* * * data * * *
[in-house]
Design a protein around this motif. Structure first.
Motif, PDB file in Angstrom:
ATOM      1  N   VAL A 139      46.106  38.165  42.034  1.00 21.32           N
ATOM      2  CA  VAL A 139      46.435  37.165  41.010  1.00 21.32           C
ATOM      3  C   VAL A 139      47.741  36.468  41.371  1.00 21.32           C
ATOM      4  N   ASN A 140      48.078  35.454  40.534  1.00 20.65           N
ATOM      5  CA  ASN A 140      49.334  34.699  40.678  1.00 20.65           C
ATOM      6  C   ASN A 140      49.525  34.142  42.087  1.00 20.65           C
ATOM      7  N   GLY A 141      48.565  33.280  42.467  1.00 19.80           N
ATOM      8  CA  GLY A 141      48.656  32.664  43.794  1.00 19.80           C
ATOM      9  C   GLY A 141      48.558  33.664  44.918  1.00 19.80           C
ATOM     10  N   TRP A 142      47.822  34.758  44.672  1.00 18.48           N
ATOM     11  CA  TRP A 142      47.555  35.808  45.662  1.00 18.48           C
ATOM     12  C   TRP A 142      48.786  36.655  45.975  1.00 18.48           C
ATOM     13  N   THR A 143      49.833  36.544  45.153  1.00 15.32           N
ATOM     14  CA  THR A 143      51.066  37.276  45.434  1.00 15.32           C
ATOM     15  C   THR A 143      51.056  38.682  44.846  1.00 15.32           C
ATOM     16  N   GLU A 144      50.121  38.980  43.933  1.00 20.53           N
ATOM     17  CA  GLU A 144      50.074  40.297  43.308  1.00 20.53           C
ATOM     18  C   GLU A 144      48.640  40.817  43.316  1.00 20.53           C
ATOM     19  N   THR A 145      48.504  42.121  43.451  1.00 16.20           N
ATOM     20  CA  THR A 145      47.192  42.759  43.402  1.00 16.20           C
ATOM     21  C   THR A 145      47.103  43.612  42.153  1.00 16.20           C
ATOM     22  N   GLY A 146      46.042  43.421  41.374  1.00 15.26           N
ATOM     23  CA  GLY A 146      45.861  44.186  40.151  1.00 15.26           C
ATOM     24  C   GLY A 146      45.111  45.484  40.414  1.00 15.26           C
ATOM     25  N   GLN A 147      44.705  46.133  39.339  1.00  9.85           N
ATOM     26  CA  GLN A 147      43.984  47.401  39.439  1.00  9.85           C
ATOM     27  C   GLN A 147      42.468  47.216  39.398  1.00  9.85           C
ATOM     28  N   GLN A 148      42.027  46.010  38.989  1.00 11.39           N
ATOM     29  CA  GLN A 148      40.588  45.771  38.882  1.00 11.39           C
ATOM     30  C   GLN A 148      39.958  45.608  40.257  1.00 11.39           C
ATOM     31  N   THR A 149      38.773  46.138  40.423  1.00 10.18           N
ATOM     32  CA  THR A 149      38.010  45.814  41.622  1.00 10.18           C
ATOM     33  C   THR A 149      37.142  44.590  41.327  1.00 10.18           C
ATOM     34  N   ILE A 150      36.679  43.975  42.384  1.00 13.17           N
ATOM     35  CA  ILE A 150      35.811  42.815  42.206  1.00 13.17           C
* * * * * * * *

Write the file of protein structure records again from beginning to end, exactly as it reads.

[in-house]
Design a protein around this motif. Structure first.
Motif, PDB file in Angstrom:
ATOM      1  N   VAL A 139      46.106  38.165  42.034  1.00 21.32           N
ATOM      2  CA  VAL A 139      46.435  37.165  41.010  1.00 21.32           C
ATOM      3  C   VAL A 139      47.741  36.468  41.371  1.00 21.32           C
ATOM      4  N   ASN A 140      48.078  35.454  40.534  1.00 20.65           N
ATOM      5  CA  ASN A 140      49.334  34.699  40.678  1.00 20.65           C
ATOM      6  C   ASN A 140      49.525  34.142  42.087  1.00 20.65           C
ATOM      7  N   GLY A 141      48.565  33.280  42.467  1.00 19.80           N
ATOM      8  CA  GLY A 141      48.656  32.664  43.794  1.00 19.80           C
ATOM      9  C   GLY A 141      48.558  33.664  44.918  1.00 19.80           C
ATOM     10  N   TRP A 142      47.822  34.758  44.672  1.00 18.48           N
ATOM     11  CA  TRP A 142      47.555  35.808  45.662  1.00 18.48           C
ATOM     12  C   TRP A 142      48.786  36.655  45.975  1.00 18.48           C
ATOM     13  N   THR A 143      49.833  36.544  45.153  1.00 15.32           N
ATOM     14  CA  THR A 143      51.066  37.276  45.434  1.00 15.32           C
ATOM     15  C   THR A 143      51.056  38.682  44.846  1.00 15.32           C
ATOM     16  N   GLU A 144      50.121  38.980  43.933  1.00 20.53           N
ATOM     17  CA  GLU A 144      50.074  40.297  43.308  1.00 20.53           C
ATOM     18  C   GLU A 144      48.640  40.817  43.316  1.00 20.53           C
ATOM     19  N   THR A 145      48.504  42.121  43.451  1.00 16.20           N
ATOM     20  CA  THR A 145      47.192  42.759  43.402  1.00 16.20           C
ATOM     21  C   THR A 145      47.103  43.612  42.153  1.00 16.20           C
ATOM     22  N   GLY A 146      46.042  43.421  41.374  1.00 15.26           N
ATOM     23  CA  GLY A 146      45.861  44.186  40.151  1.00 15.26           C
ATOM     24  C   GLY A 146      45.111  45.484  40.414  1.00 15.26           C
ATOM     25  N   GLN A 147      44.705  46.133  39.339  1.00  9.85           N
ATOM     26  CA  GLN A 147      43.984  47.401  39.439  1.00  9.85           C
ATOM     27  C   GLN A 147      42.468  47.216  39.398  1.00  9.85           C
ATOM     28  N   GLN A 148      42.027  46.010  38.989  1.00 11.39           N
ATOM     29  CA  GLN A 148      40.588  45.771  38.882  1.00 11.39           C
ATOM     30  C   GLN A 148      39.958  45.608  40.257  1.00 11.39           C
ATOM     31  N   THR A 149      38.773  46.138  40.423  1.00 10.18           N
ATOM     32  CA  THR A 149      38.010  45.814  41.622  1.00 10.18           C
ATOM     33  C   THR A 149      37.142  44.590  41.327  1.00 10.18           C
ATOM     34  N   ILE A 150      36.679  43.975  42.384  1.00 13.17           N
ATOM     35  CA  ILE A 150      35.811  42.815  42.206  1.00 13.17           C